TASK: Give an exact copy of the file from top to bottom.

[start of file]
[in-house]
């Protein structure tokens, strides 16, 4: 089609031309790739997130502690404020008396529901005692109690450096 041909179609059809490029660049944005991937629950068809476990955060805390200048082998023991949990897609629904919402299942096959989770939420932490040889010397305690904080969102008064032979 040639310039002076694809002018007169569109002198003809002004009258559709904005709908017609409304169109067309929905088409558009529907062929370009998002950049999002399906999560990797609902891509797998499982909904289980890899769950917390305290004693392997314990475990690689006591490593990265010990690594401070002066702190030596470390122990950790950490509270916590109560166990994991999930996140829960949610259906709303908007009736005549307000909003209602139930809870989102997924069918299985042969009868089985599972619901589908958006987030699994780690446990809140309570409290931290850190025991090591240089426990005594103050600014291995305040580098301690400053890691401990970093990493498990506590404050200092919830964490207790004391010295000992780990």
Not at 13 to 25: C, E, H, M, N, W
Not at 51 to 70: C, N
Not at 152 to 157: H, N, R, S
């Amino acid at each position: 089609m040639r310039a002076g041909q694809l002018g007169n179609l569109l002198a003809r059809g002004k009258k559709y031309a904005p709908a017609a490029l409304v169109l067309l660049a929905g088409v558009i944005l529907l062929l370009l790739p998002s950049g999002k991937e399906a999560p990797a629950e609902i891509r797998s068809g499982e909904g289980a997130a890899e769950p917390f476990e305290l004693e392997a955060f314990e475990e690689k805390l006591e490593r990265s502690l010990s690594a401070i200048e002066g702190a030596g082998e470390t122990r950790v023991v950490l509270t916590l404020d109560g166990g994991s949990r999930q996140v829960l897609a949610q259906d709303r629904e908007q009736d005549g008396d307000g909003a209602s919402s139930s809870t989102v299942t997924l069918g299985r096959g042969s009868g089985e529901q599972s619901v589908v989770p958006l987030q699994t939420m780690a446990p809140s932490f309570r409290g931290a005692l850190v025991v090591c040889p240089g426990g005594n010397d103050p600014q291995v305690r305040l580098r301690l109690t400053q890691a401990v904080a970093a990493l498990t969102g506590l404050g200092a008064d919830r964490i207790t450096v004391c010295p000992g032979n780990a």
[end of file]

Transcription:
[in-house]
């Protein structure tokens, strides 16, 4: 089609031309790739997130502690404020008396529901005692109690450096 041909179609059809490029660049944005991937629950068809476990955060805390200048082998023991949990897609629904919402299942096959989770939420932490040889010397305690904080969102008064032979 040639310039002076694809002018007169569109002198003809002004009258559709904005709908017609409304169109067309929905088409558009529907062929370009998002950049999002399906999560990797609902891509797998499982909904289980890899769950917390305290004693392997314990475990690689006591490593990265010990690594401070002066702190030596470390122990950790950490509270916590109560166990994991999930996140829960949610259906709303908007009736005549307000909003209602139930809870989102997924069918299985042969009868089985599972619901589908958006987030699994780690446990809140309570409290931290850190025991090591240089426990005594103050600014291995305040580098301690400053890691401990970093990493498990506590404050200092919830964490207790004391010295000992780990």
Not at 13 to 25: C, E, H, M, N, W
Not at 51 to 70: C, N
Not at 152 to 157: H, N, R, S
């Amino acid at each position: 089609m040639r310039a002076g041909q694809l002018g007169n179609l569109l002198a003809r059809g002004k009258k559709y031309a904005p709908a017609a490029l409304v169109l067309l660049a929905g088409v558009i944005l529907l062929l370009l790739p998002s950049g999002k991937e399906a999560p990797a629950e609902i891509r797998s068809g499982e909904g289980a997130a890899e769950p917390f476990e305290l004693e392997a955060f314990e475990e690689k805390l006591e490593r990265s502690l010990s690594a401070i200048e002066g702190a030596g082998e470390t122990r950790v023991v950490l509270t916590l404020d109560g166990g994991s949990r999930q996140v829960l897609a949610q259906d709303r629904e908007q009736d005549g008396d307000g909003a209602s919402s139930s809870t989102v299942t997924l069918g299985r096959g042969s009868g089985e529901q599972s619901v589908v989770p958006l987030q699994t939420m780690a446990p809140s932490f309570r409290g931290a005692l850190v025991v090591c040889p240089g426990g005594n010397d103050p600014q291995v305690r305040l580098r301690l109690t400053q890691a401990v904080a970093a990493l498990t969102g506590l404050g200092a008064d919830r964490i207790t450096v004391c010295p000992g032979n780990a």